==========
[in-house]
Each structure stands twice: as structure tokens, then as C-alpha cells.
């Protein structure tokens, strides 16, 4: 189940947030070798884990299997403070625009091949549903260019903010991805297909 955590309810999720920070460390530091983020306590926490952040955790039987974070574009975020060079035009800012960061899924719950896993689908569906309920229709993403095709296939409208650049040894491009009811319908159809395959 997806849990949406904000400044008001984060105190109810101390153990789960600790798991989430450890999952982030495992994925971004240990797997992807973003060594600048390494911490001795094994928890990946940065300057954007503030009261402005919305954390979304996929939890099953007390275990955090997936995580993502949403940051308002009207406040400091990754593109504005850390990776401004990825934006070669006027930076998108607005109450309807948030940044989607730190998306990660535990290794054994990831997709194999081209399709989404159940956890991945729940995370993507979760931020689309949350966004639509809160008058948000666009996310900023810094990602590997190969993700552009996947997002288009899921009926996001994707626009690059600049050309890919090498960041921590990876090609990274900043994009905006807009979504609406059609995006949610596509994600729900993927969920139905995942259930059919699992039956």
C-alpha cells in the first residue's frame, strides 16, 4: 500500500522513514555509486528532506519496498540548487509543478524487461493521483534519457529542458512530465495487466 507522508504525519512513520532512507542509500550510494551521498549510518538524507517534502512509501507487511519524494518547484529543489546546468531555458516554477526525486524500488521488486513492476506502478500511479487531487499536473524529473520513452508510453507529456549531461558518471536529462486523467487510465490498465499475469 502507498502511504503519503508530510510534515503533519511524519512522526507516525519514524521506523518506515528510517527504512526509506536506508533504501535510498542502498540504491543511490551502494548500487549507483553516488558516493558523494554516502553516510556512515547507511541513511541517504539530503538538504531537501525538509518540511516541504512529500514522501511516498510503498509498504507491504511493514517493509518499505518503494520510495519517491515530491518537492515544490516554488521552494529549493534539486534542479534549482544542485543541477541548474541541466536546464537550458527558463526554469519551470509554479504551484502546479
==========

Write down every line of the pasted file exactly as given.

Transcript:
[in-house]
Each structure stands twice: as structure tokens, then as C-alpha cells.
């Protein structure tokens, strides 16, 4: 189940947030070798884990299997403070625009091949549903260019903010991805297909 955590309810999720920070460390530091983020306590926490952040955790039987974070574009975020060079035009800012960061899924719950896993689908569906309920229709993403095709296939409208650049040894491009009811319908159809395959 997806849990949406904000400044008001984060105190109810101390153990789960600790798991989430450890999952982030495992994925971004240990797997992807973003060594600048390494911490001795094994928890990946940065300057954007503030009261402005919305954390979304996929939890099953007390275990955090997936995580993502949403940051308002009207406040400091990754593109504005850390990776401004990825934006070669006027930076998108607005109450309807948030940044989607730190998306990660535990290794054994990831997709194999081209399709989404159940956890991945729940995370993507979760931020689309949350966004639509809160008058948000666009996310900023810094990602590997190969993700552009996947997002288009899921009926996001994707626009690059600049050309890919090498960041921590990876090609990274900043994009905006807009979504609406059609995006949610596509994600729900993927969920139905995942259930059919699992039956």
C-alpha cells in the first residue's frame, strides 16, 4: 500500500522513514555509486528532506519496498540548487509543478524487461493521483534519457529542458512530465495487466 507522508504525519512513520532512507542509500550510494551521498549510518538524507517534502512509501507487511519524494518547484529543489546546468531555458516554477526525486524500488521488486513492476506502478500511479487531487499536473524529473520513452508510453507529456549531461558518471536529462486523467487510465490498465499475469 502507498502511504503519503508530510510534515503533519511524519512522526507516525519514524521506523518506515528510517527504512526509506536506508533504501535510498542502498540504491543511490551502494548500487549507483553516488558516493558523494554516502553516510556512515547507511541513511541517504539530503538538504531537501525538509518540511516541504512529500514522501511516498510503498509498504507491504511493514517493509518499505518503494520510495519517491515530491518537492515544490516554488521552494529549493534539486534542479534549482544542485543541477541548474541541466536546464537550458527558463526554469519551470509554479504551484502546479